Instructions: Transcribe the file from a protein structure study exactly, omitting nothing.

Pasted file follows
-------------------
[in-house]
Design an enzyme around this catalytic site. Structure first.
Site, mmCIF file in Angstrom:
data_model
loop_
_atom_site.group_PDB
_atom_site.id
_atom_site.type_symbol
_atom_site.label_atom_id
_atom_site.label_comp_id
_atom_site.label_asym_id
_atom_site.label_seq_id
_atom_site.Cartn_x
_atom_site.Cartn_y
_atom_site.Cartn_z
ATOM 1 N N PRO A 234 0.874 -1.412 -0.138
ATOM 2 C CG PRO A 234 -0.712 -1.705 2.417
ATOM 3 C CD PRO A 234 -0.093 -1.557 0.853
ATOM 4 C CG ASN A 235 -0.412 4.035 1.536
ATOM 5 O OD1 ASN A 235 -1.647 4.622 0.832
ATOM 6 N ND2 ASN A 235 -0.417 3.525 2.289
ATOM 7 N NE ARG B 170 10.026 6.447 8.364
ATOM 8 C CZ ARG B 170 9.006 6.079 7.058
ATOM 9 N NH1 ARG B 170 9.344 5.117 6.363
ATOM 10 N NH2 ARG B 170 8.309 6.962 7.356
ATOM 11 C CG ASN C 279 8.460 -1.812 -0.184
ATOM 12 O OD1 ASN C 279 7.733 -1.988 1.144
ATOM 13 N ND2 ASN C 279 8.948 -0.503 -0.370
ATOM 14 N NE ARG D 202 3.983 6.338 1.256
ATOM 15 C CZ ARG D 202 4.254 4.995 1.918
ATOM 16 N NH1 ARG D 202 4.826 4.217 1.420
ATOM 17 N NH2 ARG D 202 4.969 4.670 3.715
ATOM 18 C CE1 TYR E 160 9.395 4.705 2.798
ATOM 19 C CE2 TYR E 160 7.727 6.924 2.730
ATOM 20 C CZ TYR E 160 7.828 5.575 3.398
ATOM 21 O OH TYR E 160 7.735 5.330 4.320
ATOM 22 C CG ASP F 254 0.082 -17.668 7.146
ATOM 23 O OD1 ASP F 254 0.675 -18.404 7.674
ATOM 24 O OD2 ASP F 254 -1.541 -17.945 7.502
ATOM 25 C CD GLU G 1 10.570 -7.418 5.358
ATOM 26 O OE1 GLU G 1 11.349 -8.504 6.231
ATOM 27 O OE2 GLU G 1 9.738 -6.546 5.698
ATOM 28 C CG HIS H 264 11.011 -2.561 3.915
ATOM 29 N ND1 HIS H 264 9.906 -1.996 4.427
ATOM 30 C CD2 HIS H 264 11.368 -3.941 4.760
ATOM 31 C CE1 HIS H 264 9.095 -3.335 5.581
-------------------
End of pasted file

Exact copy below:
[in-house]
Design an enzyme around this catalytic site. Structure first.
Site, mmCIF file in Angstrom:
data_model
loop_
_atom_site.group_PDB
_atom_site.id
_atom_site.type_symbol
_atom_site.label_atom_id
_atom_site.label_comp_id
_atom_site.label_asym_id
_atom_site.label_seq_id
_atom_site.Cartn_x
_atom_site.Cartn_y
_atom_site.Cartn_z
ATOM 1 N N PRO A 234 0.874 -1.412 -0.138
ATOM 2 C CG PRO A 234 -0.712 -1.705 2.417
ATOM 3 C CD PRO A 234 -0.093 -1.557 0.853
ATOM 4 C CG ASN A 235 -0.412 4.035 1.536
ATOM 5 O OD1 ASN A 235 -1.647 4.622 0.832
ATOM 6 N ND2 ASN A 235 -0.417 3.525 2.289
ATOM 7 N NE ARG B 170 10.026 6.447 8.364
ATOM 8 C CZ ARG B 170 9.006 6.079 7.058
ATOM 9 N NH1 ARG B 170 9.344 5.117 6.363
ATOM 10 N NH2 ARG B 170 8.309 6.962 7.356
ATOM 11 C CG ASN C 279 8.460 -1.812 -0.184
ATOM 12 O OD1 ASN C 279 7.733 -1.988 1.144
ATOM 13 N ND2 ASN C 279 8.948 -0.503 -0.370
ATOM 14 N NE ARG D 202 3.983 6.338 1.256
ATOM 15 C CZ ARG D 202 4.254 4.995 1.918
ATOM 16 N NH1 ARG D 202 4.826 4.217 1.420
ATOM 17 N NH2 ARG D 202 4.969 4.670 3.715
ATOM 18 C CE1 TYR E 160 9.395 4.705 2.798
ATOM 19 C CE2 TYR E 160 7.727 6.924 2.730
ATOM 20 C CZ TYR E 160 7.828 5.575 3.398
ATOM 21 O OH TYR E 160 7.735 5.330 4.320
ATOM 22 C CG ASP F 254 0.082 -17.668 7.146
ATOM 23 O OD1 ASP F 254 0.675 -18.404 7.674
ATOM 24 O OD2 ASP F 254 -1.541 -17.945 7.502
ATOM 25 C CD GLU G 1 10.570 -7.418 5.358
ATOM 26 O OE1 GLU G 1 11.349 -8.504 6.231
ATOM 27 O OE2 GLU G 1 9.738 -6.546 5.698
ATOM 28 C CG HIS H 264 11.011 -2.561 3.915
ATOM 29 N ND1 HIS H 264 9.906 -1.996 4.427
ATOM 30 C CD2 HIS H 264 11.368 -3.941 4.760
ATOM 31 C CE1 HIS H 264 9.095 -3.335 5.581